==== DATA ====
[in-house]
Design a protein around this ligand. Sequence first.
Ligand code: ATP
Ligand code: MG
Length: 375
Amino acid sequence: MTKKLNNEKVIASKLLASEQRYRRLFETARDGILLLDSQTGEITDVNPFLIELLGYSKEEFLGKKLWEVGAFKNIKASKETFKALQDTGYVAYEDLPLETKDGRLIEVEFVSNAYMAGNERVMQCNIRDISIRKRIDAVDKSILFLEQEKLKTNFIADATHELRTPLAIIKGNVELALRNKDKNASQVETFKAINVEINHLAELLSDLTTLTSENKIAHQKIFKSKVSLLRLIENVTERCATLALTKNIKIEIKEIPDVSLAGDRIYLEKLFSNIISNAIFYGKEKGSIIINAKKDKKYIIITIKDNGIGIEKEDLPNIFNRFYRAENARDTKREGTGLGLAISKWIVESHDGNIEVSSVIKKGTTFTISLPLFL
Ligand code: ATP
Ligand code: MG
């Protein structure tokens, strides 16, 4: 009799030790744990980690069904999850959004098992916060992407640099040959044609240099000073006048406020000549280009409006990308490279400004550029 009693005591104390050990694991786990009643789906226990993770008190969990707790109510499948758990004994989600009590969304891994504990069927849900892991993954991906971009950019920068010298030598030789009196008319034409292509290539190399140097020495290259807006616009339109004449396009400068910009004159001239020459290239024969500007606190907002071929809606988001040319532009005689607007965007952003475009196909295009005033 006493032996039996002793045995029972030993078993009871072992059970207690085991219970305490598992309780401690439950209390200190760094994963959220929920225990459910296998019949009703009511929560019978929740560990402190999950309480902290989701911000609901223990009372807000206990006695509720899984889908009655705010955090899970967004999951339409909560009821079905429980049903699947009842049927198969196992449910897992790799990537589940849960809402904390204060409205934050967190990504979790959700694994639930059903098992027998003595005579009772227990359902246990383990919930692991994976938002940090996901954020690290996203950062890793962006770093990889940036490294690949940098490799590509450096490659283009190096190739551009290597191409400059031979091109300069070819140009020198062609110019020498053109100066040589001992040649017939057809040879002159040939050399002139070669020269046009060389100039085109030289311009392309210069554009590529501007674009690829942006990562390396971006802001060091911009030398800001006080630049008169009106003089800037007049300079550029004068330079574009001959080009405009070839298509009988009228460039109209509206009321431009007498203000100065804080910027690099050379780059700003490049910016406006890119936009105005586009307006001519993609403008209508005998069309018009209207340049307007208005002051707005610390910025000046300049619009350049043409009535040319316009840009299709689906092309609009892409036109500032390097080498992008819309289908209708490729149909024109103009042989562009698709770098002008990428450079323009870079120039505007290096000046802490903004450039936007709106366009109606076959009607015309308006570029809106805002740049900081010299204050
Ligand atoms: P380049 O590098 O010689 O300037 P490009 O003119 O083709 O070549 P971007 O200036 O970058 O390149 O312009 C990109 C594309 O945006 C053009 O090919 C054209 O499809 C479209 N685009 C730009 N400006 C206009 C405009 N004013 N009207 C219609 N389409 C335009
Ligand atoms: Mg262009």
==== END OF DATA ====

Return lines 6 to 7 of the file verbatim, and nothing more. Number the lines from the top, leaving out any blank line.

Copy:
Amino acid sequence: MTKKLNNEKVIASKLLASEQRYRRLFETARDGILLLDSQTGEITDVNPFLIELLGYSKEEFLGKKLWEVGAFKNIKASKETFKALQDTGYVAYEDLPLETKDGRLIEVEFVSNAYMAGNERVMQCNIRDISIRKRIDAVDKSILFLEQEKLKTNFIADATHELRTPLAIIKGNVELALRNKDKNASQVETFKAINVEINHLAELLSDLTTLTSENKIAHQKIFKSKVSLLRLIENVTERCATLALTKNIKIEIKEIPDVSLAGDRIYLEKLFSNIISNAIFYGKEKGSIIINAKKDKKYIIITIKDNGIGIEKEDLPNIFNRFYRAENARDTKREGTGLGLAISKWIVESHDGNIEVSSVIKKGTTFTISLPLFL
Ligand code: ATP